Prosecutions were primarily based on the perceived political threat posed by alleged Muslim Brotherhood affiliates and religious extremists to the country’s secular system and the survival of the regime. Human rights groups alleged that many of the accused were simply followers of a particular preacher or mosque rather than participants in any extremist groups, although escalating conflict led to the emergence of several anti-government groups of various religious persuasions. The government rarely furnished documentation on the number arrested; however, observers noted the government had detained tens of thousands more citizens since the unrest began. Almost none of the detained was provided due process. The regime referred to all anti-government protesters as “armed gangs” affiliated with “extremist” or terrorist movements.
In September the body of Greek Orthodox priest Reverend Fadi Jamil Haddad was found outside Damascus. The priest was reportedly kidnapped by unknown perpetrators as he was trying to secure the release of another kidnapping victim. There were no reports that the government investigated the matter. Some accounts accused the regime of responsibility while others blamed opposition militias, extremist groups, or common criminals.
Opposition activists claimed that the regime targeted Christians, Kurds, and other minorities. The network Al-Arabiya reported that, in February, government forces attacked, raided, and confiscated property from the historic Syriac Orthodox Um al-Zennar Church in Homs, sparking a rise in Christian participation in anti-government protests. In May authorities arrested some Christian worshippers and drove others away from St. Cyril’s Church in Damascus during a memorial service for an activist killed earlier.
Government surveillance of religiously affiliated groups such as Christian NGOs increased during the year, because the regime occasionally characterized such groups as “fronts” for opposition assistance transfers. On February 26, local newspapers reported that the government ordered all banks to cease transactions with the Greek Orthodox Mariamite Church because of allegations that the church was funneling donations from foreign churches to the opposition. The regime reportedly also fired a non-explosive missile at the Convent of our Lady of Saidnaya because it was reportedly providing medicine and supplies to bombed regions. In June the government expelled the founder of the monastic community at Deir Mar Musa al-Habachi, Italian Jesuit Paolo Dall’Ogolio, after 30 years of residency in the country. The expulsion was based in part on his interfaith work and his condemnation of the regime’s human rights violations. Father Paolo was initially ordered to leave the country in November 2011 but was ultimately allowed to stay until June.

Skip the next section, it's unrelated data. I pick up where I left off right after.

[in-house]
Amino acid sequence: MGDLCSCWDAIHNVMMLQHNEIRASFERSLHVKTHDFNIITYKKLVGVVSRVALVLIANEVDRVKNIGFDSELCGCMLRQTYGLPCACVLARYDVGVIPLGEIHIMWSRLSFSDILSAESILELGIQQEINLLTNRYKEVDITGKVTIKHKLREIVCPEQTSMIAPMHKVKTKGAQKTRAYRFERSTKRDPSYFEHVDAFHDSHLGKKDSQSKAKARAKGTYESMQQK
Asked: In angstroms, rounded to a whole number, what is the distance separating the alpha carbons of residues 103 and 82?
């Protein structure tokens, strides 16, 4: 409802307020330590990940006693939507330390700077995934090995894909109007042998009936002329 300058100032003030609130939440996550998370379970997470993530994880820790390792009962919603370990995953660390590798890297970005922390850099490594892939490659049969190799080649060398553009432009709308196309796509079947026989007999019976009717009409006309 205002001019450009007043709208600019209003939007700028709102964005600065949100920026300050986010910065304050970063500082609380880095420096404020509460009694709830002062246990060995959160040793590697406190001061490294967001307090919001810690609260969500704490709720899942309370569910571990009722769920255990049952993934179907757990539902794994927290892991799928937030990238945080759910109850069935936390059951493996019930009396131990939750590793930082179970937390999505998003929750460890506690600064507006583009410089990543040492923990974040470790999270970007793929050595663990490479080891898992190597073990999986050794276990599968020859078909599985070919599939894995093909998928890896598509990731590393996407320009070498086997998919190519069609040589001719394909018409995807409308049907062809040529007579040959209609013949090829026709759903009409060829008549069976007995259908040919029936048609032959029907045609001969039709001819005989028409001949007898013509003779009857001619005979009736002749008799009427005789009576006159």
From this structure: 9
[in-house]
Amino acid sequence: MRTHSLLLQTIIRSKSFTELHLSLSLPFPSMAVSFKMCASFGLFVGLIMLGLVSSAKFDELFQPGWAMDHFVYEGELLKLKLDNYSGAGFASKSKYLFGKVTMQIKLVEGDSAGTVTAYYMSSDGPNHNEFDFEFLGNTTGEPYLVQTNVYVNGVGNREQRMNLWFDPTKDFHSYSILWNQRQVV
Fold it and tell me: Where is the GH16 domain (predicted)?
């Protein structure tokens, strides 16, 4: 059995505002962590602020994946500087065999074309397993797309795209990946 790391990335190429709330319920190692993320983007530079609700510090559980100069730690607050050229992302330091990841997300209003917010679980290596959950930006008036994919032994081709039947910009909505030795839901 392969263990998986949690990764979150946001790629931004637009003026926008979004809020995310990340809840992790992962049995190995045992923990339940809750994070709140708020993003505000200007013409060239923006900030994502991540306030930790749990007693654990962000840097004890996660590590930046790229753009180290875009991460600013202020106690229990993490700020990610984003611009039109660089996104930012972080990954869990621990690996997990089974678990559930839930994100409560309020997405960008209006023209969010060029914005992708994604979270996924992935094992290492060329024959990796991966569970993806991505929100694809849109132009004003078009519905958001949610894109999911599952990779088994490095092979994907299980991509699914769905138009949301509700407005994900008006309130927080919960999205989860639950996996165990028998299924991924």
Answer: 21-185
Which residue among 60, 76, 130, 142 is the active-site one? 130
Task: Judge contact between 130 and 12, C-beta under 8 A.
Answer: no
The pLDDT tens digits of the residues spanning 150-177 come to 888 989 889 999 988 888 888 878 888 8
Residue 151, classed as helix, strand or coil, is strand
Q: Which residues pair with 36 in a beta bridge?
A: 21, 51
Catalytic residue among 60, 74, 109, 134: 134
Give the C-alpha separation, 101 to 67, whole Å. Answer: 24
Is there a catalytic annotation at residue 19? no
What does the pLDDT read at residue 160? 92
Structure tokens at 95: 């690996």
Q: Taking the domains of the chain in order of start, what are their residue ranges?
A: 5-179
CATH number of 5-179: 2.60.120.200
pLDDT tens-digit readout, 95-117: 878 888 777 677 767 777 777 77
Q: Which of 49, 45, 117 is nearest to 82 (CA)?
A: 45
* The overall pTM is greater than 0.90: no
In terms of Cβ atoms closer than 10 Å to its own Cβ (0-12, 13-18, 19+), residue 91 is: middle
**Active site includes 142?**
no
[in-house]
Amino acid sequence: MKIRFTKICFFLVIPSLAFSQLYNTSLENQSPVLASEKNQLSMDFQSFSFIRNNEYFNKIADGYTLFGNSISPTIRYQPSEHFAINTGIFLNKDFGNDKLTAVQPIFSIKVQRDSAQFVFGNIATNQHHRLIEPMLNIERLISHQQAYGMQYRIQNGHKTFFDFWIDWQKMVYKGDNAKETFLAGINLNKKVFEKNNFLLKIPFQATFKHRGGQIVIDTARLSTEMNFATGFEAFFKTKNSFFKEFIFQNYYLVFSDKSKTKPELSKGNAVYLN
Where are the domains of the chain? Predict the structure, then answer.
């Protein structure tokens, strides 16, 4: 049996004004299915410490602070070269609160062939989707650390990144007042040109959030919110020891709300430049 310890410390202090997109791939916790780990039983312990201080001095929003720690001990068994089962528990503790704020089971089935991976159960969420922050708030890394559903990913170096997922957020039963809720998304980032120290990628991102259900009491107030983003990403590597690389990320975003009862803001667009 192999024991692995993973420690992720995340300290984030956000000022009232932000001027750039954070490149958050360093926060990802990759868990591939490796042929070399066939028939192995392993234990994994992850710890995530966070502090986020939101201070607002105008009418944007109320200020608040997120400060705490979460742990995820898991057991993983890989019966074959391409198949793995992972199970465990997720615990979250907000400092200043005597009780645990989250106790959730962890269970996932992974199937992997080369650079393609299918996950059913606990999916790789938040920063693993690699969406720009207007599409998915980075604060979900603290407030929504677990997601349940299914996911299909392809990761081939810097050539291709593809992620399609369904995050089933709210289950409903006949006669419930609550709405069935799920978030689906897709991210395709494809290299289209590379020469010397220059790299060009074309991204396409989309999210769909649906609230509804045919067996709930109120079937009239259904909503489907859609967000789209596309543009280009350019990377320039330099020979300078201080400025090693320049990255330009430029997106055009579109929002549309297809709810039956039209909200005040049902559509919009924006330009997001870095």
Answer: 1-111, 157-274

Government security services monitored all groups, religious and nonreligious. The government considered militant Islam a particular threat to the regime and closely monitored those individuals it considered to be religious militants. The government openly threatened members of the Sunni majority, warning against increased communications with foreign coreligionists, defining such communication as opposition political or military activity. While the government allowed mosques to be built, it monitored and controlled sermons and often closed mosques between prayers. The government increased the imprisonment and summary execution of individuals it deemed to be associated with opposition radio and television programming, including religious programming that did not meet government-sanctioned criteria.